If you get that combination right (timeliness and quality), more clients will flock to you, which will motivate you to get even better and to help the people that hire you get the most out of the money they pay you – which in the end will be a good thing for you, your clients and all the freelancers working in your niche.
Why sometimes you got to take freelance work even if you think the pay is little
If you are just starting out, you can take some of the low paying work to gain experience, to have more material to add to your portfolio, generally to get the ball rolling in the right direction.
After a long hiatus, you can also just go with any task or project you find as long as the pay is not too low. The goal is to work your way up, to make low paying working a temporary thing.
To outsource the work you get can also be another reason to say yes to low-paying work. For example, a client can hire you to write an article, then you can sub-contract the work to someone else, get the work done, send it to the client and then get paid. Then you can send the money you get paid to the person you sub-contracted the work to, minus a finder’s fee.
Getting access to a client’s tools can also be another reason to take low-paying work. For example, if they have access to an expensive subscription service / software / tool that you would like to use (plagiarism tools or competition analysis tools for example), you can accept their low offer. Then you can use the tool for some of your own projects.
The rates I have charged for articles / blog posts I have written as a freelancer
Over the years I have had clients sending me work and paying rates that I consider reasonable.
I have written 2000 to 2500 word blog posts for USD 30 – 75. I have also had the occasional article in the 2500 – 3000 word range that netted me 125 US Dollars.
I have also had articles in the 600 – 1500 word range that netted me amounts in the range of 25 to 40 dollars.
Usually I charge a fixed rate. For example $0.03 to $0.04 per word, which I know is on the low side for some freelancers. But it has worked well for me. I know of people who command rates of $0.08 to $0.11 per word and they still say it is little.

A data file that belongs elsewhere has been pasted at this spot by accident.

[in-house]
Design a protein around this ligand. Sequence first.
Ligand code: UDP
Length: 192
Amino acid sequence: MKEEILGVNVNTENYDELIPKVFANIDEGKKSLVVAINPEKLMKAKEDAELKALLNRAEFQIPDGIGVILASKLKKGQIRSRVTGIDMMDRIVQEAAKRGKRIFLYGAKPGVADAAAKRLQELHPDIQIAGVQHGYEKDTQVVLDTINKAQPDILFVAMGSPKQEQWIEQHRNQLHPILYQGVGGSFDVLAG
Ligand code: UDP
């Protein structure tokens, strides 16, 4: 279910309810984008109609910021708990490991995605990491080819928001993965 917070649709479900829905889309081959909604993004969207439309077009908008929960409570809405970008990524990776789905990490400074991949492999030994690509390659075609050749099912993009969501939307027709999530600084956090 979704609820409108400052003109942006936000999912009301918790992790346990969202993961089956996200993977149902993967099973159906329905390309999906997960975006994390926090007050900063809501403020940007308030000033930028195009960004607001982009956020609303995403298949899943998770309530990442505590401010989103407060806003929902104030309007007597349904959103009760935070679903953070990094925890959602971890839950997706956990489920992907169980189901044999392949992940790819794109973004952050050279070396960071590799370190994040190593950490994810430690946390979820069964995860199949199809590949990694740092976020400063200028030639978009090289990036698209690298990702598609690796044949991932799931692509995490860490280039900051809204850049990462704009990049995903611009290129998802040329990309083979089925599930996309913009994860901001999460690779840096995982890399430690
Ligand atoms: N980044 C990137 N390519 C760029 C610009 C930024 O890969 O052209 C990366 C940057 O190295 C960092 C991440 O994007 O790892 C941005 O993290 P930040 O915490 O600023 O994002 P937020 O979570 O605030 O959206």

Sometimes I take the view of someone shopping for a smartphone. You can work hard and save KSh 10,000 for a smartphone and be happy with your purchase. Someone else can put all their time and effort towards saving for a KSh 100,000+ iPhone to get the same satisfaction. So, whatever works for a person, that is what they should charge.
How to command better rates for articles you write for freelance clients
As you grow, your experience will grow and naturally you will want higher rates for all the content you create.
One of the things that I have found works well is to just be confident, raise your rates, then go out there and tell the people you pitch about your new rates.
Another thing you can do is to specialize and then work for many clients in your niche adding the content you create for them in your portfolio. Get testimonials from them. Or just use some of the work you have done as examples when pitching similar businesses.
You can decide, for example to just create content for publications / blog and websites in the parenting niche. Or you can go in the WordPress / blogging niche like I did. When you specialize, and the people you pitch like your work, you can gradually increase your rates and you still get a lot of people willing to work with you.
So, specialize, gain more experience (become more skilled as writer) and just have the courage to increase your rates and tell people interested in hiring you to match those rates.